a buffer circuit, configured to generate the modified pulse wave according to the modified sinusoidal wave.

6. The crystal oscillator of claim 1, wherein the phase noise reduction circuit comprises:

a delay cell, configured to delay the modified pulse wave for generating a modified delayed pulse wave; and
an exclusive-OR (XOR) logic circuit, configured to perform an XOR operation on the modified pulse wave and the modified delayed pulse wave to generate the reset signal.

7. A phase noise reduction method of a crystal oscillator, comprising:

generating a sinusoidal wave by a crystal oscillator core circuit of the crystal oscillator;
providing a bias voltage of the sinusoidal wave by a bias circuit;
generating a pulse wave according to the sinusoidal wave by a pulse wave buffer; and
providing an alternating current (AC) ground path for the sinusoidal wave by a phase noise reduction circuit, wherein providing the AC ground path comprises: generating a modified pulse wave according to the sinusoidal wave; and generating a reset signal according to the modified pulse wave; wherein a position of at least one reset pulse on the reset signal is set by a control voltage on a control terminal of the phase noise reduction circuit.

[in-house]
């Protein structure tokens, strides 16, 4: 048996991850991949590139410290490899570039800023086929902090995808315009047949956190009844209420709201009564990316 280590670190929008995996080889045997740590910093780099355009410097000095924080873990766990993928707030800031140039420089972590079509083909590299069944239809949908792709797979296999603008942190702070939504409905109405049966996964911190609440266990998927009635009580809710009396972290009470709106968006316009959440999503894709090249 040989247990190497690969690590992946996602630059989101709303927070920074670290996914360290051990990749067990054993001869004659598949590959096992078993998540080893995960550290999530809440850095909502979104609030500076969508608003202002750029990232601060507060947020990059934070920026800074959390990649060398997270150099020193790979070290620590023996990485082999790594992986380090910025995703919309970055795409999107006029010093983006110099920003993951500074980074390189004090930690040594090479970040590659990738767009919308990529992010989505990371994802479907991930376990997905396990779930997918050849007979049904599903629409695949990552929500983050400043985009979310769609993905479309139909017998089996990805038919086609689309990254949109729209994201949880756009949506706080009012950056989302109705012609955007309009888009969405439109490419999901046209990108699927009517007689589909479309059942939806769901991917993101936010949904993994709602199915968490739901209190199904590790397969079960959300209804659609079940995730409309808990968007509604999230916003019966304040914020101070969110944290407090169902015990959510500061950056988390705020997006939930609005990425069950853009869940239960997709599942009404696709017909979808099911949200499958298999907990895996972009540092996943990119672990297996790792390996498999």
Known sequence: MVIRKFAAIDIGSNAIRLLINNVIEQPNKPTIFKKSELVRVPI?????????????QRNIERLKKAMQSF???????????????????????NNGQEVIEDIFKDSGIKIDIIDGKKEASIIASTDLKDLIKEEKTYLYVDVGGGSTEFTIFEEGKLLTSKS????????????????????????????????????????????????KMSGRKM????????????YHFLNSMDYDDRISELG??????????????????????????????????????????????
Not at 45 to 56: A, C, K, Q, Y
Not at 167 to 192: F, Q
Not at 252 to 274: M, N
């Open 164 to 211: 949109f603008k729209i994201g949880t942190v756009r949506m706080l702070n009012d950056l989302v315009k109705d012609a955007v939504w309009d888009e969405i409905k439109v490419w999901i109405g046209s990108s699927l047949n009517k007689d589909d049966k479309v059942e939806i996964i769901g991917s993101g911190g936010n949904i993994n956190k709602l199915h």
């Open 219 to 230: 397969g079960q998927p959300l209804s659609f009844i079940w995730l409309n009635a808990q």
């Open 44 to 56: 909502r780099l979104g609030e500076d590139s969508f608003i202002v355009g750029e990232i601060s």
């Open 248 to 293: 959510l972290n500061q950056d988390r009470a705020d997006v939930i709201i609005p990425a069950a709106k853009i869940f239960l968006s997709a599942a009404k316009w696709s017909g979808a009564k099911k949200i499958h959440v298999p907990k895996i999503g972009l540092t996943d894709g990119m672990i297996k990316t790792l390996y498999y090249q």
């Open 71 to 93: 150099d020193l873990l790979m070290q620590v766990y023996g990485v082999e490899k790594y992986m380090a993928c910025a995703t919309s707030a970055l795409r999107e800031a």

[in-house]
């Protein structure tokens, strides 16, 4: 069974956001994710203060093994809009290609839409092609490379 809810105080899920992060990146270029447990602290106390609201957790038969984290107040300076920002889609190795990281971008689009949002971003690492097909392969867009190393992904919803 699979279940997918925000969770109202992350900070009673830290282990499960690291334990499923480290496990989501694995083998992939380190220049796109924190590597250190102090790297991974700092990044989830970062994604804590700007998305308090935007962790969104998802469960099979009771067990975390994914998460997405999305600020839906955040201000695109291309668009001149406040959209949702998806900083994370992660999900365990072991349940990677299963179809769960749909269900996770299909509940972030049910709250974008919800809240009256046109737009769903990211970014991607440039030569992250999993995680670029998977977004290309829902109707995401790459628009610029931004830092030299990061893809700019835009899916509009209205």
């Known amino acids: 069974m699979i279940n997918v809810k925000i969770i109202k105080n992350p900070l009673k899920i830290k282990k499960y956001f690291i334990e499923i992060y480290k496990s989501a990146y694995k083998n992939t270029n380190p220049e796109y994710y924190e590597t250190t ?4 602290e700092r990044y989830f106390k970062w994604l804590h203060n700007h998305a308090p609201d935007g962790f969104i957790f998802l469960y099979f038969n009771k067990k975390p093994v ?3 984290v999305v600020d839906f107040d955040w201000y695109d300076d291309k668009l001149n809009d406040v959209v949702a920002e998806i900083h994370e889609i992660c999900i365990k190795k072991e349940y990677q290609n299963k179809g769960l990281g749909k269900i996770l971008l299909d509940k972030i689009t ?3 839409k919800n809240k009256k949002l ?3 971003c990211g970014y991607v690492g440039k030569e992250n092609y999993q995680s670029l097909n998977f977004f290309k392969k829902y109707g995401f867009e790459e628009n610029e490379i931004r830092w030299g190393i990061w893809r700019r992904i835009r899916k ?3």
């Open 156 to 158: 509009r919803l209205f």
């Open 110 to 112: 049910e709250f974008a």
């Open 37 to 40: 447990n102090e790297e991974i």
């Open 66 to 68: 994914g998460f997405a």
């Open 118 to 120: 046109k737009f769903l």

8. The phase noise reduction method of claim 7, wherein providing the AC ground path comprises:

turning on a reset switch in response to at least one reset pulse, to provide the AC ground path for noise on the bias voltage to remove the noise on the bias voltage, and thereby reset the bias voltage of the sinusoidal wave to a reset level.

9. The phase noise reduction method of claim 7, wherein a frequency of the reset signal is N times a frequency of the pulse wave, and N is a positive value greater than or equal to two.

10. The phase noise reduction method of claim 7, wherein when a pulse width of the at least one reset pulse is reduced, a signal-to-noise ratio (SNR) of the sinusoidal wave is increased.

11. The phase noise reduction method of claim 7, wherein generating the modified pulse wave comprises:

receiving the sinusoidal wave and generating the modified sinusoidal wave by a capacitor;
controlling a bias voltage of the modified sinusoidal wave to be the control voltage by a resistor; and
generating the modified pulse wave according to the modified sinusoidal wave by a buffer circuit.

12. The phase noise reduction method of claim 7, wherein generating the reset signal according to the modified pulse wave comprises:

delaying the modified pulse wave for generating a modified delayed pulse wave; and
performing an exclusive-OR (XOR) operation on the modified pulse wave and the modified delayed pulse wave to generate the reset signal.
Patent History
Publication number: 20220209715
Type: Application
Filed: Mar 16, 2022
Publication Date: Jun 30, 2022
Applicant: MEDIATEK INC. (Hsin-Chu)
Inventors: Chien-Wei Chen (Hsinchu City), Yu-Li Hsueh (Hsinchu City), Keng-Meng Chang (Hsinchu City), Yao-Chi Wang (Hsinchu City)
Application Number: 17/695,863
Classifications
International Classification: H03B 5/36 (20060101); H03K 19/21 (20060101);